- iSad - what I was after realizing there was not "one more thing" and that iPad was all that we were going to get from Apple today (other than a few tweaks of their software). Also iSad = the Kindle and other ebook readers... all about to become extinct with a pretty good price point offered on Apple's version of a "kindle" that has received it's glorified body. :-)
- iRad - what the iPad could have been if Apple had been a little more forward thinking and listened to the wishes and dreams of users. And believe me there was no lack of wish lists floating around cyberspace on the subject of an Apple tablet. Unfortunately the iPad "show" (IMHO) did not live up to all the hype. I guess we can all dream of the Summer refresh hinted at today.
- iGlad - AT&T executives, upon receiving yet another reprieve from losing their sweet Apple exclusivity deal with Stevie baby. Did you hear the sigh of relieve coming from AT&T headquarters?
- iMad - what many of us were after realizing that (1) the 3G version of this thing will be tied (at least for the foreseeable future) to AT&T and (2) the "one more thing" that many of us hoped for was not going to happen - i.e., a refresh of the iPhone line with the option of getting one from Verizon!! Did you hear the groans from all the Verizon customers waiting to get their hands on an iPhone as well as the groans from all those locked into AT&T and tired of horrible service? Huddled masses yearning to be free (from AT&T)! Yes, Mr. Jobs, there's a MAP for that!!!
- iBad - not offering the thing for less money on a 3G network... what happened to subsidizing the cost of new equipment? Shouldn't you get a break if you sign up for (subpar) 3G service with AT&T? Instead, you'll get to pay more for your iPad if you want 3G connectivity. That makes no sense. Also in the iBad category - not having it available today... how long have we been waiting for this thing? How long have the rumors been circulating? In the Apple hay-day, you'd hear the words, "and it's available TODAY" (instead of 60-90 days after the big event), right before you heard, "and one more thing." I guess those days are over... which brings me back to iSad.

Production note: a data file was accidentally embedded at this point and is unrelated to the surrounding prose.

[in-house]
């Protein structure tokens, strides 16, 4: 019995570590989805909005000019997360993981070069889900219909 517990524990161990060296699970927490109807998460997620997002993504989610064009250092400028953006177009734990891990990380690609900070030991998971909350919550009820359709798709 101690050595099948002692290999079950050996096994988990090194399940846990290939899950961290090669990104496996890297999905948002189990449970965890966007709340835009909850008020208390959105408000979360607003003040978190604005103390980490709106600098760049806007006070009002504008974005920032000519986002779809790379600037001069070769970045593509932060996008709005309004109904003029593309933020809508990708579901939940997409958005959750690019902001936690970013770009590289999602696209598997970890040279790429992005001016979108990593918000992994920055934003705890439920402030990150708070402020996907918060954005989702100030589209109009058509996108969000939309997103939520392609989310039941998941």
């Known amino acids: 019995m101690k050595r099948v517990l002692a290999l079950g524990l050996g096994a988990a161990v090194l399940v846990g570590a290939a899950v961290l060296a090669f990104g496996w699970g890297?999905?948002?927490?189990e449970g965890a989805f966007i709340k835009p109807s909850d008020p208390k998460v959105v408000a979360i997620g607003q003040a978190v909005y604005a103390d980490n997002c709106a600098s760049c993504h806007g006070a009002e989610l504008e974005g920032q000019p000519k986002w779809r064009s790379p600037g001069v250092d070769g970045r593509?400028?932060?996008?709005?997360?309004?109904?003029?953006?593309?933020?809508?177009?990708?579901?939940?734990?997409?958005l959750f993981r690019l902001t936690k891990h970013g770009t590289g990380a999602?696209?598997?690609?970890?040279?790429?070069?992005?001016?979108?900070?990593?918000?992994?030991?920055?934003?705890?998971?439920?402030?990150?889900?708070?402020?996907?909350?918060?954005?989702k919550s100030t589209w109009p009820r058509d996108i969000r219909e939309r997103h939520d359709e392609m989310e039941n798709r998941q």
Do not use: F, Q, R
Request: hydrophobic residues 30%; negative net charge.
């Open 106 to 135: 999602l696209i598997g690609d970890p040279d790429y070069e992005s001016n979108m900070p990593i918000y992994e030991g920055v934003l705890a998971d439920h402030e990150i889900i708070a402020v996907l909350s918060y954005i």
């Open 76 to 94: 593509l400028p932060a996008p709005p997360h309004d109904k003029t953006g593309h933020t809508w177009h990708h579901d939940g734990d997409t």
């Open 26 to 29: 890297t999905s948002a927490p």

- iFad? probably not. There are too many addicted to having Apple's latest gizmo for this thing to be a fad. It probably will eventually change the way we use technology and computers and read magazines and newspapers - the latter being 2 things that may go the way of the dinosaur if Apple has it's way. I'll wait until the next refresh at least before being tempted - let them work out the bugs and add a few more cool features. Let the early adopters pay for the R&D and be real time beta testers. Which begs the question, how will they push updates to this thing - I guess via the iTunes store like they do with our iPods.
Saturday, January 09, 2010
“due to original sin, our nature is so curved in upon itself at its deepest levels that it not only bends the best gifts of God toward itself in order to enjoy them (as the moralists and hypocrites make evident), nay, rather, "uses" God in order to obtain them, but it does not even know that, in this wicked, twisted, crooked way, it seeks everything, including God, only for itself. As the prophet Jeremiah says in Jer. 17:9: "The heart of man is crooked and inscrutable; who can know it?" i.e., it is so curved in upon itself that no man, be he ever so holy, can know it (apart from a testing experience). As it says in Ps. 19:12: "Who can discern his errors? Clear thou me from my hidden faults!"
Stepping over Our Wounds
Sometimes we have to "step over" our anger, our jealousy, or our feelings of rejection and move on. The temptation is to get stuck in our negative emotions, poking around in them as if we belong there. Then we become the "offended one," "the forgotten one," or the "discarded one." Yes, we can get attached to these negative identities and even take morbid pleasure in them. It might be good to have a look at these dark feelings and explore where they come from, but there comes a moment to step over them, leave them behind and travel on.
Monday, January 04, 2010
Another great quote from Nouwen...
Fruits That Grow in Vulnerability
There is a great difference between successfulness and fruitfulness. Success comes from strength, control, and respectability. A successful person has the energy to create something, to keep control over its development, and to make it available in large quantities. Success brings many rewards and often fame. Fruits, however, come from weakness and vulnerability. And fruits are unique. A child is the fruit conceived in vulnerability, community is the fruit born through shared brokenness, and intimacy is the fruit that grows through touching one another's wounds. Let's remind one another that what brings us true joy is not successfulness but fruitfulness.